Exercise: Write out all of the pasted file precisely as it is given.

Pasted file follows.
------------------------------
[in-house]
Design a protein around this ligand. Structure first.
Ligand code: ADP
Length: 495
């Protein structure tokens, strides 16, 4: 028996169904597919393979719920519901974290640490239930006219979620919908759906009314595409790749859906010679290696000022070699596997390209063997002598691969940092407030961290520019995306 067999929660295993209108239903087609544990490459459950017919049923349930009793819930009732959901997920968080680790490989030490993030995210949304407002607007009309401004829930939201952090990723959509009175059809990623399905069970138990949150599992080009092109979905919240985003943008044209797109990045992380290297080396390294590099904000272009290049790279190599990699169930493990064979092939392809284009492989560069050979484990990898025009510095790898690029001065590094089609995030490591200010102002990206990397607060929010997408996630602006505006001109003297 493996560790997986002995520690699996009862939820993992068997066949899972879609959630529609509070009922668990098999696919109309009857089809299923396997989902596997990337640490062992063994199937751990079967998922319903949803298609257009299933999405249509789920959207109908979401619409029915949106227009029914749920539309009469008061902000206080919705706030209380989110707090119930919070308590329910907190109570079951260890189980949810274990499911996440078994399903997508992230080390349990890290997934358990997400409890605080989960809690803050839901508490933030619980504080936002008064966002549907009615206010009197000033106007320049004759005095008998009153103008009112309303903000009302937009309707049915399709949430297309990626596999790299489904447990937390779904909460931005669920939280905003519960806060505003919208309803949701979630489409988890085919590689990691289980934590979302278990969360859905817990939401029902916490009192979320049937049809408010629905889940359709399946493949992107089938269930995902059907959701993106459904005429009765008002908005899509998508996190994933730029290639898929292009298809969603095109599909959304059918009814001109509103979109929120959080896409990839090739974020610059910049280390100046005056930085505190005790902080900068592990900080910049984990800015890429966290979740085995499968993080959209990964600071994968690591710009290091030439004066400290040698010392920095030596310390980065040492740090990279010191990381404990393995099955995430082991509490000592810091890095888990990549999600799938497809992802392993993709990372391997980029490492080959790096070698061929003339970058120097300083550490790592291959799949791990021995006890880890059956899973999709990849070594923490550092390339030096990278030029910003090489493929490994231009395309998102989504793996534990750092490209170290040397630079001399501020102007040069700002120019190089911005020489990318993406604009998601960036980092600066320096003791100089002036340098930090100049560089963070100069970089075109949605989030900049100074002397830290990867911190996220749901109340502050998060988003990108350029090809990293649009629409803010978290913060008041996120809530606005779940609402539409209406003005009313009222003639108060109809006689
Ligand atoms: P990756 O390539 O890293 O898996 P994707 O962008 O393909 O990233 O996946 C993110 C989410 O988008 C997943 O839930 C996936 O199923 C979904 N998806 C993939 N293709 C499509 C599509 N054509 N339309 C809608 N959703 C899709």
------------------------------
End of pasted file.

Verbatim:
[in-house]
Design a protein around this ligand. Structure first.
Ligand code: ADP
Length: 495
């Protein structure tokens, strides 16, 4: 028996169904597919393979719920519901974290640490239930006219979620919908759906009314595409790749859906010679290696000022070699596997390209063997002598691969940092407030961290520019995306 067999929660295993209108239903087609544990490459459950017919049923349930009793819930009732959901997920968080680790490989030490993030995210949304407002607007009309401004829930939201952090990723959509009175059809990623399905069970138990949150599992080009092109979905919240985003943008044209797109990045992380290297080396390294590099904000272009290049790279190599990699169930493990064979092939392809284009492989560069050979484990990898025009510095790898690029001065590094089609995030490591200010102002990206990397607060929010997408996630602006505006001109003297 493996560790997986002995520690699996009862939820993992068997066949899972879609959630529609509070009922668990098999696919109309009857089809299923396997989902596997990337640490062992063994199937751990079967998922319903949803298609257009299933999405249509789920959207109908979401619409029915949106227009029914749920539309009469008061902000206080919705706030209380989110707090119930919070308590329910907190109570079951260890189980949810274990499911996440078994399903997508992230080390349990890290997934358990997400409890605080989960809690803050839901508490933030619980504080936002008064966002549907009615206010009197000033106007320049004759005095008998009153103008009112309303903000009302937009309707049915399709949430297309990626596999790299489904447990937390779904909460931005669920939280905003519960806060505003919208309803949701979630489409988890085919590689990691289980934590979302278990969360859905817990939401029902916490009192979320049937049809408010629905889940359709399946493949992107089938269930995902059907959701993106459904005429009765008002908005899509998508996190994933730029290639898929292009298809969603095109599909959304059918009814001109509103979109929120959080896409990839090739974020610059910049280390100046005056930085505190005790902080900068592990900080910049984990800015890429966290979740085995499968993080959209990964600071994968690591710009290091030439004066400290040698010392920095030596310390980065040492740090990279010191990381404990393995099955995430082991509490000592810091890095888990990549999600799938497809992802392993993709990372391997980029490492080959790096070698061929003339970058120097300083550490790592291959799949791990021995006890880890059956899973999709990849070594923490550092390339030096990278030029910003090489493929490994231009395309998102989504793996534990750092490209170290040397630079001399501020102007040069700002120019190089911005020489990318993406604009998601960036980092600066320096003791100089002036340098930090100049560089963070100069970089075109949605989030900049100074002397830290990867911190996220749901109340502050998060988003990108350029090809990293649009629409803010978290913060008041996120809530606005779940609402539409209406003005009313009222003639108060109809006689
Ligand atoms: P990756 O390539 O890293 O898996 P994707 O962008 O393909 O990233 O996946 C993110 C989410 O988008 C997943 O839930 C996936 O199923 C979904 N998806 C993939 N293709 C499509 C599509 N054509 N339309 C809608 N959703 C899709």